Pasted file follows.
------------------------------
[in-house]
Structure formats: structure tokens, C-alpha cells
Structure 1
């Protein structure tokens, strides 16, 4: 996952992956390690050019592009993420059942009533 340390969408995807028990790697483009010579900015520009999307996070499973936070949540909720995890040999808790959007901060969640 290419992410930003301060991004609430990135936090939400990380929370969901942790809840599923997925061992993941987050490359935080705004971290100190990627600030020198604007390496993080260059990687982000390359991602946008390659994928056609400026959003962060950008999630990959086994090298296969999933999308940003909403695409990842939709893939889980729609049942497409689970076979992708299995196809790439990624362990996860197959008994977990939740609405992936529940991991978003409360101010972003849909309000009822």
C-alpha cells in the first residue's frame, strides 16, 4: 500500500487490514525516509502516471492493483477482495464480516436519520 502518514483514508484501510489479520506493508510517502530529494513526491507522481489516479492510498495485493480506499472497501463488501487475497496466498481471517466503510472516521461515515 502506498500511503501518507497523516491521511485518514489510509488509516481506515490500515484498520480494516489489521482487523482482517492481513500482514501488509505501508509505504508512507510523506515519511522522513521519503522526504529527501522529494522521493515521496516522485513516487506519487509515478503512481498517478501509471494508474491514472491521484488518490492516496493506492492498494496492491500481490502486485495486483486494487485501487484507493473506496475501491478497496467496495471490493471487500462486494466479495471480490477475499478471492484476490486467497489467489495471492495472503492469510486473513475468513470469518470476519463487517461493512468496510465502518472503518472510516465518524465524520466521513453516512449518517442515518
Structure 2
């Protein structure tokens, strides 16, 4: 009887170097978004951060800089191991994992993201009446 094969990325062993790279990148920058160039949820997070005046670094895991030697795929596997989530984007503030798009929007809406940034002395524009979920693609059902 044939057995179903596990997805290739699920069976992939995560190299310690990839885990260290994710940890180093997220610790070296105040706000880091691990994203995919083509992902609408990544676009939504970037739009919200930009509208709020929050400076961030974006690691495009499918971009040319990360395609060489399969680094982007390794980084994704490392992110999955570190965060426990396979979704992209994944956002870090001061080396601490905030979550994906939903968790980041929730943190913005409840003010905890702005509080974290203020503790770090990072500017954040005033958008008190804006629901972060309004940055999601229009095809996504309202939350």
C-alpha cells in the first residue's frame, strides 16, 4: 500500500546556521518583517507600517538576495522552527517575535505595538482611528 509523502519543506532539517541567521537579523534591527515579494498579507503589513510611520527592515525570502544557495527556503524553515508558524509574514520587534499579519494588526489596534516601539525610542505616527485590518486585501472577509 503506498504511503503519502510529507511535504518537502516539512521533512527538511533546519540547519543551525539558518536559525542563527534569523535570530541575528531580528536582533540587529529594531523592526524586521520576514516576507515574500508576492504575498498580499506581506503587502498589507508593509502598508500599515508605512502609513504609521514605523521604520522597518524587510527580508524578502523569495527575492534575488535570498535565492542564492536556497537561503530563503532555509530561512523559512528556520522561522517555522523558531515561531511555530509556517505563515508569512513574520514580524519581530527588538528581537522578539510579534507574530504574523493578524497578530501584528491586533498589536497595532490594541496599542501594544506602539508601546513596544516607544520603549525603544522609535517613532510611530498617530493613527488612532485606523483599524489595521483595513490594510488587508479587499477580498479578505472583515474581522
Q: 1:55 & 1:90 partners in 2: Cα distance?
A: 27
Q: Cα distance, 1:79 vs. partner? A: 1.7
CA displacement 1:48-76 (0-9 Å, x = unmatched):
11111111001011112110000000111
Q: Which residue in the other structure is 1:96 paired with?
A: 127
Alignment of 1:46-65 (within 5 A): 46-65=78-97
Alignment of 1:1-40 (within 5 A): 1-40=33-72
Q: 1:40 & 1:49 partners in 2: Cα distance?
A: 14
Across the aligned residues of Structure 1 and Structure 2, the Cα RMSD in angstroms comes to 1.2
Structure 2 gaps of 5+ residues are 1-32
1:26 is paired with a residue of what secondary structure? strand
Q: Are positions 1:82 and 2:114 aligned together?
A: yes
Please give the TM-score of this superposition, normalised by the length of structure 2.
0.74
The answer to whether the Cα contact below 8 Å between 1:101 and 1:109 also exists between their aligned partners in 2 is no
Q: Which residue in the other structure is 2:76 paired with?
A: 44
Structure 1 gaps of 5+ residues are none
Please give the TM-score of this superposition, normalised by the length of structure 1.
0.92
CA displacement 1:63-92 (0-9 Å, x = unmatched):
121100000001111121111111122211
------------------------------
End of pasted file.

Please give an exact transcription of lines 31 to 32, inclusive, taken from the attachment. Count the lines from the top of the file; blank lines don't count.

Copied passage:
Please give the TM-score of this superposition, normalised by the length of structure 1.
0.92